Clark takes time out to share her story
These days Helen Clark describes herself as a freelance public advocate, and that means putting her expertise and passion behind global issues.
The endearing title of ‘‘Aunty Helen’’ may not be as formal as her other roles: former New Zealand prime minister, former United Nations Development Programme leader and wlong-serving Labour leader, but it seems more fitting as Clark continues her focus on women’s leadership and gender equality.
As a freelance public advocate, that role, she says, is working on global issues about which she is passionate – ranging from sustainable development, including climate action, public health issues and evidenced-informed drug policy.
Clark will be in Invercargill on Wednesday to speak at a KIND Women event.
This year, during the 125th suffrage celebrations, she also became the new patron of the National Council of Women.
Clark has been outspoken about New Zealand’s ‘‘horrible’’ domestic violence statistics, and said the cycle had to change, before the country would see change.
‘‘I believe we have to break the cycle of violence by investing heavily in family services and positive parenting.
‘‘The cycle begins in the home. Children who are exposed to that grow up seeing it as the way people behave towards each other.
‘‘New Zealand should study what is working well in other societies and look to adapt best practice to our context and to innovate.’’
New Zealand had a wellestablished history of having strong female leaders, Clark said.
When asked if the current prime minister was facing different challenges to what Clark experienced in office, she said: ‘‘It is well established in New Zealand that we will have women prime ministers. As a young woman at the top, Jacinda Ardern is facing some challenges that I did not face.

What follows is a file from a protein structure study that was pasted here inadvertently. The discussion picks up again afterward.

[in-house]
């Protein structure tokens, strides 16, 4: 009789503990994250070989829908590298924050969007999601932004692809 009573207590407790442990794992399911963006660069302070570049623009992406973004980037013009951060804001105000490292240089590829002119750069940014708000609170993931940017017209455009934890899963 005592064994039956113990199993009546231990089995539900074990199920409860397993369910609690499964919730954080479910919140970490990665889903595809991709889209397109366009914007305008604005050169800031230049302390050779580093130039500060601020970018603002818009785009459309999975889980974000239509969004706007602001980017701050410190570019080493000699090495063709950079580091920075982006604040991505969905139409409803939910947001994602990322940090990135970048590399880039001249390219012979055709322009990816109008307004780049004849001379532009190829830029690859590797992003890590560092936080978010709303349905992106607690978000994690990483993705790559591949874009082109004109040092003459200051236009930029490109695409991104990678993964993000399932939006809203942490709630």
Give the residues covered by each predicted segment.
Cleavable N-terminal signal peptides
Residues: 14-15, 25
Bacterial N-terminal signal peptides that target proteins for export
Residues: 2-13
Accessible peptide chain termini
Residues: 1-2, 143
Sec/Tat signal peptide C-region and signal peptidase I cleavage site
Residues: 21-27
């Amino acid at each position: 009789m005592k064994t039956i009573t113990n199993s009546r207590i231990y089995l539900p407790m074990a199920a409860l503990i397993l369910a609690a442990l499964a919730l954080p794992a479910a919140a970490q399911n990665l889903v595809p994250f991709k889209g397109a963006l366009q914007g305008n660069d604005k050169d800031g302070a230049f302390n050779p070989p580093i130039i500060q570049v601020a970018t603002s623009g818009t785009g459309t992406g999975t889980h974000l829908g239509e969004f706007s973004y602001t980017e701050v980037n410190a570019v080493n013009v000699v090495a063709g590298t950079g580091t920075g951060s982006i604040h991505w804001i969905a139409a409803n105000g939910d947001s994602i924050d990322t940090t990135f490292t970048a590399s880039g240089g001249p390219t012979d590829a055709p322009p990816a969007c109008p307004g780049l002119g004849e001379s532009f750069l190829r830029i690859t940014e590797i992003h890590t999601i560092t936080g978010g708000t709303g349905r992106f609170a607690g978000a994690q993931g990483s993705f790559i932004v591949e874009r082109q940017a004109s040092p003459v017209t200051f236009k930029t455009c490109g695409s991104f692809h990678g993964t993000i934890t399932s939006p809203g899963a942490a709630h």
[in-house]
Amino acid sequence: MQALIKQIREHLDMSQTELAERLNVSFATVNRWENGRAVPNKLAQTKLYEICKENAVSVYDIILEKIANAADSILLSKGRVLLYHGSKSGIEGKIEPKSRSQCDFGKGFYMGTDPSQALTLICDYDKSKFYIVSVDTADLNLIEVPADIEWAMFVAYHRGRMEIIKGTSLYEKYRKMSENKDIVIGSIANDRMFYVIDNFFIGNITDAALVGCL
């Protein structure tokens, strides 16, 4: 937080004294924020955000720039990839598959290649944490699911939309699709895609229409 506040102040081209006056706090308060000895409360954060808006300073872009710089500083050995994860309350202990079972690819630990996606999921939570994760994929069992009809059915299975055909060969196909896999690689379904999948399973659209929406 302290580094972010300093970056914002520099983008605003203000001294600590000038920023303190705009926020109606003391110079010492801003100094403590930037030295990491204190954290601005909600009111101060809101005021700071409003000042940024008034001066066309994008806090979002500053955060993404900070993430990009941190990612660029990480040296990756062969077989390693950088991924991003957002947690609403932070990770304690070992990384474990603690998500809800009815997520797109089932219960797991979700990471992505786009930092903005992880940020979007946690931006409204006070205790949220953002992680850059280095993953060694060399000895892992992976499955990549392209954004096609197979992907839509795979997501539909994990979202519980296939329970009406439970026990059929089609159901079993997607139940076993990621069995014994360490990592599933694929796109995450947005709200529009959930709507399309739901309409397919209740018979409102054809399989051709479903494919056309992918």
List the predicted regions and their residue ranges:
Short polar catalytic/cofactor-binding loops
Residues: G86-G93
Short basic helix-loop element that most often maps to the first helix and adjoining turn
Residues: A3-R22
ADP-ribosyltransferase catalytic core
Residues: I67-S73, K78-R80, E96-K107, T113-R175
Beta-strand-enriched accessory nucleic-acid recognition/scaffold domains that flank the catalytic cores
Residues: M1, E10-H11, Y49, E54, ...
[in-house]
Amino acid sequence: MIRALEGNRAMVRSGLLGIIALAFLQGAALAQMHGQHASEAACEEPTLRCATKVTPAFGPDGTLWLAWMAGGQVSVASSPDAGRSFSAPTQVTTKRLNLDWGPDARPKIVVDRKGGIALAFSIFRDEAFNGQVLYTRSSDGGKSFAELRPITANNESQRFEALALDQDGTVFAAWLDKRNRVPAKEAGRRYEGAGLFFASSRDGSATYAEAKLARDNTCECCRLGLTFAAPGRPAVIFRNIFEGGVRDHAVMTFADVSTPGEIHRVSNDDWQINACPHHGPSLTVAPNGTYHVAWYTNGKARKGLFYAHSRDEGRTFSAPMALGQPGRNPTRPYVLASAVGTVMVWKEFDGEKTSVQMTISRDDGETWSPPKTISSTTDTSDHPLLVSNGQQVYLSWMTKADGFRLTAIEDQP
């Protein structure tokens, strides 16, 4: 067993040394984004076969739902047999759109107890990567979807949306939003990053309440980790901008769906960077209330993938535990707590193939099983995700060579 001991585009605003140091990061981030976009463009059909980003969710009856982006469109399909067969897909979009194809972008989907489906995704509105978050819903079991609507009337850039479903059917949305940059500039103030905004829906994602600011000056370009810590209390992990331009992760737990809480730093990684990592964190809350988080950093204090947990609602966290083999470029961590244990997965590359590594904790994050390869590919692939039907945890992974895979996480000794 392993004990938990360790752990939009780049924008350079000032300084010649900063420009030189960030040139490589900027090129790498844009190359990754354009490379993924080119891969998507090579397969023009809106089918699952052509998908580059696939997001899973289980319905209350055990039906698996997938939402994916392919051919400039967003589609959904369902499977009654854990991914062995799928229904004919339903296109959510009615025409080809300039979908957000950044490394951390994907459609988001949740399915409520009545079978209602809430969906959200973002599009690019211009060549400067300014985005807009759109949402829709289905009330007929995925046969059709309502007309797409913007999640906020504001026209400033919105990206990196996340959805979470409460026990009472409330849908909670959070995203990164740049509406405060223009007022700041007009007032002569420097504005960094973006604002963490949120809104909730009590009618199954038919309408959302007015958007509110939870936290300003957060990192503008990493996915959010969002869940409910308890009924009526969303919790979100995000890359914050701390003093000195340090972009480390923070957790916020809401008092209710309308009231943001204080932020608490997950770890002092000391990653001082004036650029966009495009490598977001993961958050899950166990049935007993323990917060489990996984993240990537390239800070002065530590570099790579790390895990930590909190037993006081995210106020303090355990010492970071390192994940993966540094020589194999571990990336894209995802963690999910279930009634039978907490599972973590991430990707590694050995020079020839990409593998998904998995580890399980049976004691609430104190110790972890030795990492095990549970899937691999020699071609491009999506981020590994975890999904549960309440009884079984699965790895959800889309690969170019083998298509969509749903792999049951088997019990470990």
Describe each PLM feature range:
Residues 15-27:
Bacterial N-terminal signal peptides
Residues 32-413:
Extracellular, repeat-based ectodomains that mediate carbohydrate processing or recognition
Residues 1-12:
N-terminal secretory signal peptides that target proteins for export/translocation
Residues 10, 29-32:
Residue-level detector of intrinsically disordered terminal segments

‘‘Yet around the world we see young people rising to top positions.
‘‘We should embrace and welcome fresh ideas and perspectives which they bring to public life.’’
Clark has recently published Women, Equality, Power: Selected speeches from 35 years of leadership.
The book’s publication was timely because this year marked 125 years of women’s suffrage, she said. And she will do a book signing while in Invercargill.
Clark has a strong connection to the south with Southlander Heather Simpson having worked for her for many years as her chief of staff.
Simpson was listed among New Zealand’s most influential people in 2004 by Listener magazine.
When Clark was asked of her impression of Southland women,
‘‘I believe we have to break the cycle of violence by investing heavily in family services and positive parenting. The cycle begins in the home. ’’
and if she considered them strong, feisty or independent, she replied: ‘‘My impression of Southlanders is that they are down to earth, direct and hard working.’’
KIND Women member Rebecca Amunsden said the group was realistic when it thought about trying to get Helen Clark to Invercargill.
‘‘We knew it was a long shot, we knew she was busy but we were hopeful.
‘‘When it was finalised, we were all jumping around like it was Christmas.’’
The public response to Clark’s visit was overwhelming, she said.
‘‘The tickets sold out in 12 hours.’’
The event was then moved from Centre Stage to the Civic Theatre to accommodate that response.
‘‘There are still some tickets left but we won’t be surprised if they sell out,’’ Amunsden said.